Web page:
Special teams - After a month of lots of questionable plays, the kicking game was back to being a solid area at MetLife Stadium. Stephen Gostkowski hit field goals from 35 and 44 yards. His kickoffs were solid. Ryan Allen had a very good 44-yard net with two downed inside the 20. Keshawn Martin was good on returns, both on punts and kickoffs. Most importantly there were no huge mistakes in the kicking game, as had been the case over the previous month.
LaAdrian Waddle - Less than two weeks after joining the Patriots off waivers from Detroit, Waddle made his New England debut. He was called on in the first quarter to replace Sebastian Vollmer at left tackle and did a pretty admirable job the rest of the way protecting Brady's valuable backside on a day when New England continued to add to its long injured list. The only downside is Waddle left with his own shoulder injury in the second half.
Jabaal Sheard -The veteran defender is becoming a weekly Buy. For the third straight week Sheard notched a sack, this a third-quarter strip-sack that was recovered and returned for a touchdown by Jamie Collins. That may have been the play of the game, that ignited the Patriots comeback and gave the team a chance to win. Sheard now has eight sacks on the season, matching his career-high from 2011 in Cleveland, including four in the last three weeks.
Duron Harmon/Logan Ryan/Malcolm Butler -With the back end playing without Devin McCourty for the second straight week, and without Patrick Chung, there were simply too many open receivers in the defensive backfield. Brandon Marshall had his way with Ryan at times, scoring a short touchdown on the cornerback. Marshall's other score came when he beat Harmon for a 33-yard touchdown in which he spun the safety around. Marshall finished with a game-high eight catches for 115 yards, while Eric Decker beat Butler for the game-winner with relative ease.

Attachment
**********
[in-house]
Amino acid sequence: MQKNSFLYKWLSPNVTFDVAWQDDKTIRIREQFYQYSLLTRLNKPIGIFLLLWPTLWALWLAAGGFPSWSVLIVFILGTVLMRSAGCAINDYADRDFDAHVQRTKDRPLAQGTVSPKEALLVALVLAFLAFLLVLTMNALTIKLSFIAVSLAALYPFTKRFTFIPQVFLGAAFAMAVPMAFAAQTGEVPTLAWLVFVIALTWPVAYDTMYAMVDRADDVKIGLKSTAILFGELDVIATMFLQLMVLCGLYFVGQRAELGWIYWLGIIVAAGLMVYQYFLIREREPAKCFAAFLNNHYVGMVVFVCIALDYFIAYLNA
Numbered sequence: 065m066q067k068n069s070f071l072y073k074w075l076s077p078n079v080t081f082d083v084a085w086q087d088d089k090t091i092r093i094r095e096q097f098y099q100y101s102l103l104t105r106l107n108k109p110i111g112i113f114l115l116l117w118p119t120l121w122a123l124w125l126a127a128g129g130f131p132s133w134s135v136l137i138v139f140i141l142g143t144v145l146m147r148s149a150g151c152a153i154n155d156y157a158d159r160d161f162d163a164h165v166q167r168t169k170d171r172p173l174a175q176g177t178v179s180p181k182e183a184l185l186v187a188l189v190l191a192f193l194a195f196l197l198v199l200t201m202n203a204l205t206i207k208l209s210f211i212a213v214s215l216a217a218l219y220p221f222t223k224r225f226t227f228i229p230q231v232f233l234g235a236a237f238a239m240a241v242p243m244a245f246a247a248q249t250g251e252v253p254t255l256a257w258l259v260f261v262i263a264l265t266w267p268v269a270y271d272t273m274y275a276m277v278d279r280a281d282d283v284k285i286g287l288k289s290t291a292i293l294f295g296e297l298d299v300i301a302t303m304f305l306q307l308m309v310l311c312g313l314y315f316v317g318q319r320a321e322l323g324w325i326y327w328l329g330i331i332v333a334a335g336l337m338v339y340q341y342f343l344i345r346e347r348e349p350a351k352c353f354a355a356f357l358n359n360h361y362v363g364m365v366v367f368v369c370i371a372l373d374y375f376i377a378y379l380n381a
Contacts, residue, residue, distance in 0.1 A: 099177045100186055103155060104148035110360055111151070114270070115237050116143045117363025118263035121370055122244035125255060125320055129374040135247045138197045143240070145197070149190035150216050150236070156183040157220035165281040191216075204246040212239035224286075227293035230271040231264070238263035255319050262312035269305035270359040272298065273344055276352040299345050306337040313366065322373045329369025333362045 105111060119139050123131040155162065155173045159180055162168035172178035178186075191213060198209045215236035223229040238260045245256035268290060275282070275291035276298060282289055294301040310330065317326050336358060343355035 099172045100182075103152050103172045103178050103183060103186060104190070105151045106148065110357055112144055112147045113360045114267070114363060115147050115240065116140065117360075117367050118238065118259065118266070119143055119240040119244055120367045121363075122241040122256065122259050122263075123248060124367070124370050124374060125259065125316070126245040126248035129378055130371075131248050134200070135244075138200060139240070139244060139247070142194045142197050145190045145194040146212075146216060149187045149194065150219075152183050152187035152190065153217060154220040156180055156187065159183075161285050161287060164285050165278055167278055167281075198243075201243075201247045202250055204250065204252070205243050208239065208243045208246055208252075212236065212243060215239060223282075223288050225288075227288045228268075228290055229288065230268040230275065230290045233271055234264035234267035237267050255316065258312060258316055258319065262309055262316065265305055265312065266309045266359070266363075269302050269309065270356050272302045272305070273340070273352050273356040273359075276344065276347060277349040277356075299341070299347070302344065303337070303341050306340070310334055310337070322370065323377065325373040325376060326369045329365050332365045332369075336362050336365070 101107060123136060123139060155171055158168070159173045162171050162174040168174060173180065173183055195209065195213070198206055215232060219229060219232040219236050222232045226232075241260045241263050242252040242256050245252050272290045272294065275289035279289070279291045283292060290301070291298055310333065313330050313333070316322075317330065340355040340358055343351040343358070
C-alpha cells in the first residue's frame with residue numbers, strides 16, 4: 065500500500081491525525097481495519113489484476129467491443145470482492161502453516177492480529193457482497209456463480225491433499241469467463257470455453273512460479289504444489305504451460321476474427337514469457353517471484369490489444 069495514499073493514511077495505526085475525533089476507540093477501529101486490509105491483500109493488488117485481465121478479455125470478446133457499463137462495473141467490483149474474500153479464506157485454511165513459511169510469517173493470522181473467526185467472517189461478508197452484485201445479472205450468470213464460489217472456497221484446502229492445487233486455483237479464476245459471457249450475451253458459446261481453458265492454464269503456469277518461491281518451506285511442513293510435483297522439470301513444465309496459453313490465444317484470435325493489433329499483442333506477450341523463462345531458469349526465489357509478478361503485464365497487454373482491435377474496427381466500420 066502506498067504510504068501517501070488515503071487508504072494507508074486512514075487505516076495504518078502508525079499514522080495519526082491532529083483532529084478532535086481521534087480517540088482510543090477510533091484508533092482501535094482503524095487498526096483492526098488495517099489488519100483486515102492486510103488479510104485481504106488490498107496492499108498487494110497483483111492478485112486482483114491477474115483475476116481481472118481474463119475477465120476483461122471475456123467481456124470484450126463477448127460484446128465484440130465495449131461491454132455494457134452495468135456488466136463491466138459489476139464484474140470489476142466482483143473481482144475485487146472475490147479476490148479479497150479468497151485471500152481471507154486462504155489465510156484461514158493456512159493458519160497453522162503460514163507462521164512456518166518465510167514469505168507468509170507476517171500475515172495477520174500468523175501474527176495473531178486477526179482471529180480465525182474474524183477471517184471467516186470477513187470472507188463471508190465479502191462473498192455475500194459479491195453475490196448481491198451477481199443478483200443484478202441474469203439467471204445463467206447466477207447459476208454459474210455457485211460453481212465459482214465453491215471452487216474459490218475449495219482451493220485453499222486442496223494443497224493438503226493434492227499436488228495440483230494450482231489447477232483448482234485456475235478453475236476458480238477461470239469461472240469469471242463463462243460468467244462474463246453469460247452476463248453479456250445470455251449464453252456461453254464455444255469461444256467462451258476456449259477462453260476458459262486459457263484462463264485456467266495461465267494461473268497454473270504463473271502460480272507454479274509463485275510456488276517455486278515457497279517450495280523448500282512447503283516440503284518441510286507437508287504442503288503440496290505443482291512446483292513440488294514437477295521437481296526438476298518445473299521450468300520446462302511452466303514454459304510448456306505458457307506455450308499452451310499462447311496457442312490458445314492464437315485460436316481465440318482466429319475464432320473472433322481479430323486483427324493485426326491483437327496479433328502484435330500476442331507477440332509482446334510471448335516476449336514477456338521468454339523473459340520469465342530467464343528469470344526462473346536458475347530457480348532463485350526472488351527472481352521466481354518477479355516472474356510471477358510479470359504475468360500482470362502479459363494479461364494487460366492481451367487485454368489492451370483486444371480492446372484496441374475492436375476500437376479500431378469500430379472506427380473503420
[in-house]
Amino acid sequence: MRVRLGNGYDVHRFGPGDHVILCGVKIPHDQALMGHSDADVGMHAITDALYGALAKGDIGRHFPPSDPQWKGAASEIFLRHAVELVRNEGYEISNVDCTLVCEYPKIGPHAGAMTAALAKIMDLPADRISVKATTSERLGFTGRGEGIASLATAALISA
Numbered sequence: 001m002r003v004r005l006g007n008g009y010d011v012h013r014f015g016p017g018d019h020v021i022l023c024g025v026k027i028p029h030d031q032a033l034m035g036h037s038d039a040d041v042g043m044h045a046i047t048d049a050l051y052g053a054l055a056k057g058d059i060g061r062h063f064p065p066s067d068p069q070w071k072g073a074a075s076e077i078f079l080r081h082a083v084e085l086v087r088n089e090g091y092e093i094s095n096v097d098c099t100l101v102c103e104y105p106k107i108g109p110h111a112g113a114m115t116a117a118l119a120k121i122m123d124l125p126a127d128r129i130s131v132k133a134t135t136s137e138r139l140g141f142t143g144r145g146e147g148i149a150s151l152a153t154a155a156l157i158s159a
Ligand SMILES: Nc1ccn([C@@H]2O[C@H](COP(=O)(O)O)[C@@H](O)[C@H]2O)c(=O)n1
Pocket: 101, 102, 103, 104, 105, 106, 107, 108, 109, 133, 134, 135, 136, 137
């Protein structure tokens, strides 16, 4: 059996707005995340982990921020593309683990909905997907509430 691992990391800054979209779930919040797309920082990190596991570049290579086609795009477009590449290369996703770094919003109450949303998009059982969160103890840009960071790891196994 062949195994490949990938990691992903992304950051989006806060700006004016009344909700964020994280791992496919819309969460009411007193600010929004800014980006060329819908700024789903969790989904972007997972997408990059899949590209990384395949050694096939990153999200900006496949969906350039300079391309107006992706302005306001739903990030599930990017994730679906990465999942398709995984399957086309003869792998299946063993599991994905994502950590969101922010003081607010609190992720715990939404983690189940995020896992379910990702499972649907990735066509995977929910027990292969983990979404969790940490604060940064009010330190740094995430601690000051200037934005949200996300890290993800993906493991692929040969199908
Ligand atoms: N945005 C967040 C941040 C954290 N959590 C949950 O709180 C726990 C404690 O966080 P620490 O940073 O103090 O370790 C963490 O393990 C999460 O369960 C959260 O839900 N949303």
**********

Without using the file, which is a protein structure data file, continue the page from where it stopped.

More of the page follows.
Run defense -The Jets ran right through the New England front for most of the day. Sure, the Patriots were without Patrick Chung and playing with a limited Dont'a Hightower, but the ease at which the New York offense churned out yards on the ground was a big alarming. The Jets had 92 yards rushing in the first half, at 6.1 yards per carry. Things slowed down some in the second, with Chris Ivory getting banged up, but New York still finished with 143 yards on 27 carries for a 5.3-yard average.
Play calling -From a series of end arounds, reverses, Wildcat snaps and flea flickers in the early going, to a disinterested, run-the-clock-out possession at end of the second quarter, the Patriots game plan was curious to say in the least. There was also seemingly a great focus on getting Brandon Bolden involved both on the ground and through the air. It just wasn't what we've come to expect from Belichick, Josh McDaniels and the Patriots offense, even considering the health situation.